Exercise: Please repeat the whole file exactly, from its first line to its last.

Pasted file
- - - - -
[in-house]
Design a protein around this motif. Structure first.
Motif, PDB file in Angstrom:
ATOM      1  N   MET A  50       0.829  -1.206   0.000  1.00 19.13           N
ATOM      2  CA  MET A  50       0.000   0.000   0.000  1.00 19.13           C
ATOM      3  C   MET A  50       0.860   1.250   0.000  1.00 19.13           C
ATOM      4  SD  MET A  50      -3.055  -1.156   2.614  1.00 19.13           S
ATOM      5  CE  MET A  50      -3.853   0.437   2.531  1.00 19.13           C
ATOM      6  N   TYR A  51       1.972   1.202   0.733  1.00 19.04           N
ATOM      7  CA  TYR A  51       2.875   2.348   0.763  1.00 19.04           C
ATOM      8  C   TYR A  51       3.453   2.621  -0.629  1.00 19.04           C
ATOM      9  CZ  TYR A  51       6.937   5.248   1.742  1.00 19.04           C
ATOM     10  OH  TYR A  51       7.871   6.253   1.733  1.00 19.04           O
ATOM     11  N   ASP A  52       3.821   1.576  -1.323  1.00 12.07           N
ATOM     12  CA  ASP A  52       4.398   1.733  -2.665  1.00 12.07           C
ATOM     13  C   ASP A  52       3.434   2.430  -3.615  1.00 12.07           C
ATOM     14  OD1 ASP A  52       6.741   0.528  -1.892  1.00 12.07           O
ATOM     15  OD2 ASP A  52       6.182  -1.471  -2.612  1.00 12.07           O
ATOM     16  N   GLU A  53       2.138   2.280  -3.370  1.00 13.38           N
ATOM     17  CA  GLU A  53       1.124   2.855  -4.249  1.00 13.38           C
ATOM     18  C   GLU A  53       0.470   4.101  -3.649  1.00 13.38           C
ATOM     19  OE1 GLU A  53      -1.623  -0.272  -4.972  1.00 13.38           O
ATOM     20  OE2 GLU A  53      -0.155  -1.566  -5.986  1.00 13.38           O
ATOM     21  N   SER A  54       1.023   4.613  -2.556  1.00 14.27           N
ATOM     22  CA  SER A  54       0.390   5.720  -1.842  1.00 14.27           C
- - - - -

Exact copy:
[in-house]
Design a protein around this motif. Structure first.
Motif, PDB file in Angstrom:
ATOM      1  N   MET A  50       0.829  -1.206   0.000  1.00 19.13           N
ATOM      2  CA  MET A  50       0.000   0.000   0.000  1.00 19.13           C
ATOM      3  C   MET A  50       0.860   1.250   0.000  1.00 19.13           C
ATOM      4  SD  MET A  50      -3.055  -1.156   2.614  1.00 19.13           S
ATOM      5  CE  MET A  50      -3.853   0.437   2.531  1.00 19.13           C
ATOM      6  N   TYR A  51       1.972   1.202   0.733  1.00 19.04           N
ATOM      7  CA  TYR A  51       2.875   2.348   0.763  1.00 19.04           C
ATOM      8  C   TYR A  51       3.453   2.621  -0.629  1.00 19.04           C
ATOM      9  CZ  TYR A  51       6.937   5.248   1.742  1.00 19.04           C
ATOM     10  OH  TYR A  51       7.871   6.253   1.733  1.00 19.04           O
ATOM     11  N   ASP A  52       3.821   1.576  -1.323  1.00 12.07           N
ATOM     12  CA  ASP A  52       4.398   1.733  -2.665  1.00 12.07           C
ATOM     13  C   ASP A  52       3.434   2.430  -3.615  1.00 12.07           C
ATOM     14  OD1 ASP A  52       6.741   0.528  -1.892  1.00 12.07           O
ATOM     15  OD2 ASP A  52       6.182  -1.471  -2.612  1.00 12.07           O
ATOM     16  N   GLU A  53       2.138   2.280  -3.370  1.00 13.38           N
ATOM     17  CA  GLU A  53       1.124   2.855  -4.249  1.00 13.38           C
ATOM     18  C   GLU A  53       0.470   4.101  -3.649  1.00 13.38           C
ATOM     19  OE1 GLU A  53      -1.623  -0.272  -4.972  1.00 13.38           O
ATOM     20  OE2 GLU A  53      -0.155  -1.566  -5.986  1.00 13.38           O
ATOM     21  N   SER A  54       1.023   4.613  -2.556  1.00 14.27           N
ATOM     22  CA  SER A  54       0.390   5.720  -1.842  1.00 14.27           C